Harrington suggests in an ideal scenario, an entire organization will go through an ethical decision-making training — but, she adds, there are some areas of an organization that are higher-risk for ethical issues than others (like, for instance, engineers working on projects involving AI that might affect millions of people). For those higher-risk groups, these ethical decision-making trainings should be mandatory, not optional.
As Harrington told me, “This is not to say that there may be more than one ethical response, but it is not purely subjective. In training, people need to be exposed to real life situations, relevant to their jobs, so they can really work through how to identify, approach, and decide ethical issues.”
To create a truly ethical culture, it’s critical leaders model ethical behaviors and values, create a strong community, and design ethical systems in which all employees can thrive.
To do this, Ann Skeet, Senior Director of Leadership Ethics at the Markkula Center, advises leaders to “use goals, mission, and values to make decisions about compensation and other rewards, like promotions.”
Ultimately, ethical leadership needs to be baked into the processes, not an “afterthought”. This way, it isn’t just one person’s sole responsibility to raise her hand and say, “That doesn’t seem fair to me.” Instead, the very foundation of the organization should be built upon ethical pillars, including honesty and fairness, so that each business decision is made with these values top-of-mind.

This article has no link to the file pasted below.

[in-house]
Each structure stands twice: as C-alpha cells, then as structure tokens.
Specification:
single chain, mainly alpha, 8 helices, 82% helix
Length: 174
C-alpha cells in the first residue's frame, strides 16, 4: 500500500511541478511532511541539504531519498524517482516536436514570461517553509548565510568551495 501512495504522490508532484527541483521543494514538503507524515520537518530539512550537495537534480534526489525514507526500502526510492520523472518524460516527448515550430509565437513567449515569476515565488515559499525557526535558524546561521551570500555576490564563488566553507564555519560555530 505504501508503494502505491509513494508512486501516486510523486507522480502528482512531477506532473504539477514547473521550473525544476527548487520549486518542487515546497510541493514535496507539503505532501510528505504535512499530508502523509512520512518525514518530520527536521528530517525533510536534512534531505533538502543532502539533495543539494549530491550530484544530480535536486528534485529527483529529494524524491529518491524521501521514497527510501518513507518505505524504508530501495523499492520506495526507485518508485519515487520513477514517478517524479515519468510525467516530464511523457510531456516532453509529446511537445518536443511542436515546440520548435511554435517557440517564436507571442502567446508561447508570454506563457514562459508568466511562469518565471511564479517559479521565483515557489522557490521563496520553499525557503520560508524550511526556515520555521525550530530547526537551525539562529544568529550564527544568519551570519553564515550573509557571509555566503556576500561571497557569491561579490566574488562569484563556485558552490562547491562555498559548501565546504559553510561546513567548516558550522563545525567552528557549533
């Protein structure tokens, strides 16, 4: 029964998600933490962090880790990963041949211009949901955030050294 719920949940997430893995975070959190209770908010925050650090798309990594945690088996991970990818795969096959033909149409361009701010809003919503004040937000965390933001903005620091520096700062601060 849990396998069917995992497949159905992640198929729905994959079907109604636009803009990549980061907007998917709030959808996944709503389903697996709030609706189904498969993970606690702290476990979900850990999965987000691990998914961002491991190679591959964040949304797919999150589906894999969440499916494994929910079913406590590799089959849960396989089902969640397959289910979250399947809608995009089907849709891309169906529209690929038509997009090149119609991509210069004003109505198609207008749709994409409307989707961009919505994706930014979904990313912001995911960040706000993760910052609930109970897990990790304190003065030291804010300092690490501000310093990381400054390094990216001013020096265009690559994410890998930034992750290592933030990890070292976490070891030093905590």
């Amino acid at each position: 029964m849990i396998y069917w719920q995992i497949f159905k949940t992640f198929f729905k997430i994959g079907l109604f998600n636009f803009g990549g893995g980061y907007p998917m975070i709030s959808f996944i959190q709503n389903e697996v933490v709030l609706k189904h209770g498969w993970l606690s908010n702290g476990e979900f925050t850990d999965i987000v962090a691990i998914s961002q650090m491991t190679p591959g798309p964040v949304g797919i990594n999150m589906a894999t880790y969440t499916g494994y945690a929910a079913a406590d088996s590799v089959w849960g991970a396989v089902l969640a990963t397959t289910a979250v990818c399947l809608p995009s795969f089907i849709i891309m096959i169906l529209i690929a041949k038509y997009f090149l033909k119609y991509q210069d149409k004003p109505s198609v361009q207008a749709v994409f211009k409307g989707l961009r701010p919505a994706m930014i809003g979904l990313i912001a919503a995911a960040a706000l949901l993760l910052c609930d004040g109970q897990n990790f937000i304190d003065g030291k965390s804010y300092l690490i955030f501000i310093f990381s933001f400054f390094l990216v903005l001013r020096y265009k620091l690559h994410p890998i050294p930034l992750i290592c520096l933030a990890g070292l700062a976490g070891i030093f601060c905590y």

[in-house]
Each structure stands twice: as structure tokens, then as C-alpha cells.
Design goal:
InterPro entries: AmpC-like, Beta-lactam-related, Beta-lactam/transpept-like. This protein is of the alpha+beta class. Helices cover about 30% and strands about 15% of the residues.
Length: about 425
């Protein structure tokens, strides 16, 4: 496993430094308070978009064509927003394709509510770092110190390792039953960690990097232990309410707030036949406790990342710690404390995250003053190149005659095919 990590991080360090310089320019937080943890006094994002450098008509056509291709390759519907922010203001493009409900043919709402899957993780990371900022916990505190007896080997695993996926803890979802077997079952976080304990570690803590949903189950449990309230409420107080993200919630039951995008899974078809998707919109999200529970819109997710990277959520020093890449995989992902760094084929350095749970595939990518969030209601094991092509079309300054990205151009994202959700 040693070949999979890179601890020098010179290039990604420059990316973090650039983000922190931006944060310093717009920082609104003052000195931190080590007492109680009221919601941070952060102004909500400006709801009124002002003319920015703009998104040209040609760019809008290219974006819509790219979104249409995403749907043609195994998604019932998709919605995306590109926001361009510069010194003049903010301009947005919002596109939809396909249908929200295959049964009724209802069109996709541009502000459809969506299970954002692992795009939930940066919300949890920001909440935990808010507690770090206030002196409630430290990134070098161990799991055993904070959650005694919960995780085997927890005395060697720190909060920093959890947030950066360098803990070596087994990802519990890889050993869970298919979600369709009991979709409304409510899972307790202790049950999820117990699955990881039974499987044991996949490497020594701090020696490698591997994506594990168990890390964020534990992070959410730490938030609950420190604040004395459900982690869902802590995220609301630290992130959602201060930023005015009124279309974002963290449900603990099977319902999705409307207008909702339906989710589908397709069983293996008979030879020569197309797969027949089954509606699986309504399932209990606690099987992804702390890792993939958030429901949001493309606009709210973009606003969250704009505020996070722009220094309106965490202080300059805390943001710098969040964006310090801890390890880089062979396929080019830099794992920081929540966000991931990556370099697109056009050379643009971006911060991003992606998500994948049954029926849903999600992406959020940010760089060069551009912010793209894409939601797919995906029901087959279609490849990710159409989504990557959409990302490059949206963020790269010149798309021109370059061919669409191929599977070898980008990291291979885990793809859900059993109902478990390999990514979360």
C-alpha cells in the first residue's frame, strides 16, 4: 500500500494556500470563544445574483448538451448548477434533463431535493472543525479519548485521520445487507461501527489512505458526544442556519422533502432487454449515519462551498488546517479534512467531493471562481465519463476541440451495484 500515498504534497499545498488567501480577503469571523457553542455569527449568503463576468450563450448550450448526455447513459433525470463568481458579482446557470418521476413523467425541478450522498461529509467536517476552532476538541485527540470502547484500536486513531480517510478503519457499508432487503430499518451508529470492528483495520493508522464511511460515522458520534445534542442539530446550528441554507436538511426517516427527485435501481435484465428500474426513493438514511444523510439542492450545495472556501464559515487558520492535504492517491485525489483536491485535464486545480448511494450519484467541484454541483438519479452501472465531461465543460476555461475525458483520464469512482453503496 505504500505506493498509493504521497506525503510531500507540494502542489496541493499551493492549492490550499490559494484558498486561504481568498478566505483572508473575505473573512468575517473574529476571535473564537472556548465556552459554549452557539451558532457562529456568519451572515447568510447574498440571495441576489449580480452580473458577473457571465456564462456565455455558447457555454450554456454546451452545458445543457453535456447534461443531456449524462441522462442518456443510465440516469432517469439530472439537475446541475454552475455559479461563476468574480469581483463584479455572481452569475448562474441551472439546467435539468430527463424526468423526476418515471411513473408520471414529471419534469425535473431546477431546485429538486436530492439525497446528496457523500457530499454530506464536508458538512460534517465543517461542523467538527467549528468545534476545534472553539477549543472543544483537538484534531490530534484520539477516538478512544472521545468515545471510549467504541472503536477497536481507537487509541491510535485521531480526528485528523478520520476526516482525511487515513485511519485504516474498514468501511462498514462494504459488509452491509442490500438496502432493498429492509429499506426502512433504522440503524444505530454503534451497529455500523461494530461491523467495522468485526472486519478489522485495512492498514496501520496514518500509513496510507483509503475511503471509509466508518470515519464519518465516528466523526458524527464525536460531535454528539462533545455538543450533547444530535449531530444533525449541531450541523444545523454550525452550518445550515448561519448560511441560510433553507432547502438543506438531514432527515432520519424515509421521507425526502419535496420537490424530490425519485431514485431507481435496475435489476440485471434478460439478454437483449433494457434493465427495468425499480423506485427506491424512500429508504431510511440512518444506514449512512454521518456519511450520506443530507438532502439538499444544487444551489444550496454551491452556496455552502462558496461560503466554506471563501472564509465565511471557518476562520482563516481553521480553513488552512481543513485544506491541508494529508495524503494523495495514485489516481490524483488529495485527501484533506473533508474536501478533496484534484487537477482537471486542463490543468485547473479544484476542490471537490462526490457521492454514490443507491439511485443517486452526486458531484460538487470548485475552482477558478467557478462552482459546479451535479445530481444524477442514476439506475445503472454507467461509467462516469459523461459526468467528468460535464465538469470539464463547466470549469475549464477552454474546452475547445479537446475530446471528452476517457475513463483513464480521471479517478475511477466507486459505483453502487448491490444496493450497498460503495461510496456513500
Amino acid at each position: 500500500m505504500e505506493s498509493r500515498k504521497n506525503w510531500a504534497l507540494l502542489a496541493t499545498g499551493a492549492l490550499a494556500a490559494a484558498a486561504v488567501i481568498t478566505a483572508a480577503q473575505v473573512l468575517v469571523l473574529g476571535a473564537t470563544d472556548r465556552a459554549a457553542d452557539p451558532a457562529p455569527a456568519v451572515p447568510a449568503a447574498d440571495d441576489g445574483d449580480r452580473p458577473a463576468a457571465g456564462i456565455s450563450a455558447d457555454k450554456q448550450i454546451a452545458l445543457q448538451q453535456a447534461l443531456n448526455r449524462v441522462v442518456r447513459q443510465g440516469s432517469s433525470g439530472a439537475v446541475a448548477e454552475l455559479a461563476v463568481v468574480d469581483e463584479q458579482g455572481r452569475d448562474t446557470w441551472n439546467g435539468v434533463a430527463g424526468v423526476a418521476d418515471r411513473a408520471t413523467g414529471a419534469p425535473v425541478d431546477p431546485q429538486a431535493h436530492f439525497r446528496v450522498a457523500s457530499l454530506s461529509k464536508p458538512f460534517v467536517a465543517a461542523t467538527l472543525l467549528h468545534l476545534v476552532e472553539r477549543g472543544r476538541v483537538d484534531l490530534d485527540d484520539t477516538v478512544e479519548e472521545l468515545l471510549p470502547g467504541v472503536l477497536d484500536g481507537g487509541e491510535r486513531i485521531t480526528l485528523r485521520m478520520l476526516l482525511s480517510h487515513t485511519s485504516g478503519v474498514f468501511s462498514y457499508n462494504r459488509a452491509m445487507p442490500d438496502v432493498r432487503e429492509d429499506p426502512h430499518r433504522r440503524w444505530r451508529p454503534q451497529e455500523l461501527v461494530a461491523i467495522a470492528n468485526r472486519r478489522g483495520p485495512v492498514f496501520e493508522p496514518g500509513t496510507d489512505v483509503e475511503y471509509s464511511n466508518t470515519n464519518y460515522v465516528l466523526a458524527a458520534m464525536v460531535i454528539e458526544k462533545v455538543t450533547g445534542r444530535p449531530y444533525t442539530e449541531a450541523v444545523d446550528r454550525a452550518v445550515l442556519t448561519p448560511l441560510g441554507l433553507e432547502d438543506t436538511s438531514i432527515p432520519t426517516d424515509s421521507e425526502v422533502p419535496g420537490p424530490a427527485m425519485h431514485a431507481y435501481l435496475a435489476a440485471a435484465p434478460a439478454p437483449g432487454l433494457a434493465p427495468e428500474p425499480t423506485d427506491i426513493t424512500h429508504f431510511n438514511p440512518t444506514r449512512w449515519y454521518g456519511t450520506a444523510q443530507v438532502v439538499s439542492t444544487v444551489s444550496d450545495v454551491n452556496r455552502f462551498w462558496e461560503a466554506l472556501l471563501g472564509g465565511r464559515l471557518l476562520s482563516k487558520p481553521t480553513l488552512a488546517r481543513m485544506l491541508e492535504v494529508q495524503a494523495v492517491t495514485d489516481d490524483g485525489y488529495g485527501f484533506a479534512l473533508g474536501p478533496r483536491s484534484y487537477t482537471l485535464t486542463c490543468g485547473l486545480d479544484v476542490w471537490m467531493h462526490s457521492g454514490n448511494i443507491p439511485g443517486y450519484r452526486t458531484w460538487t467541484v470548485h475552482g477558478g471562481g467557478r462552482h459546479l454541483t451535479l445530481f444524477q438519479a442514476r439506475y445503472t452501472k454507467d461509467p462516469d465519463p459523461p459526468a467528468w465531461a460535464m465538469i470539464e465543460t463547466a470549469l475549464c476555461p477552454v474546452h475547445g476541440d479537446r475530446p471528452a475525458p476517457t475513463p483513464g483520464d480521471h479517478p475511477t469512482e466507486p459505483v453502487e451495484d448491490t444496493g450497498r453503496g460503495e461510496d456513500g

Next, let’s dive into how ethics plays into your role as a marketer.
The Role of Ethics in Marketing
Ethical marketing refers to a marketer’s responsibility to ensure all marketing activities adhere to core ethics principles, including integrity, humility, and honesty — both internally, and externally.
To further recognize the difference between internal and external marketing ethics, let’s consider an example.
Let’s say your marketing team hires a design agency for a new marketing campaign. Halfway through the campaign, your team discovers the agency doesn’t treat its workers fairly, and doesn’t align well with your values in terms of environmental and social responsibility.
Even if your customers don’t know about this alliance, it’s still in your best interest to discontinue a working relationship with the agency as soon as possible, and re-align yourself with agencies that uphold the same standards you’ve set for your own team internally.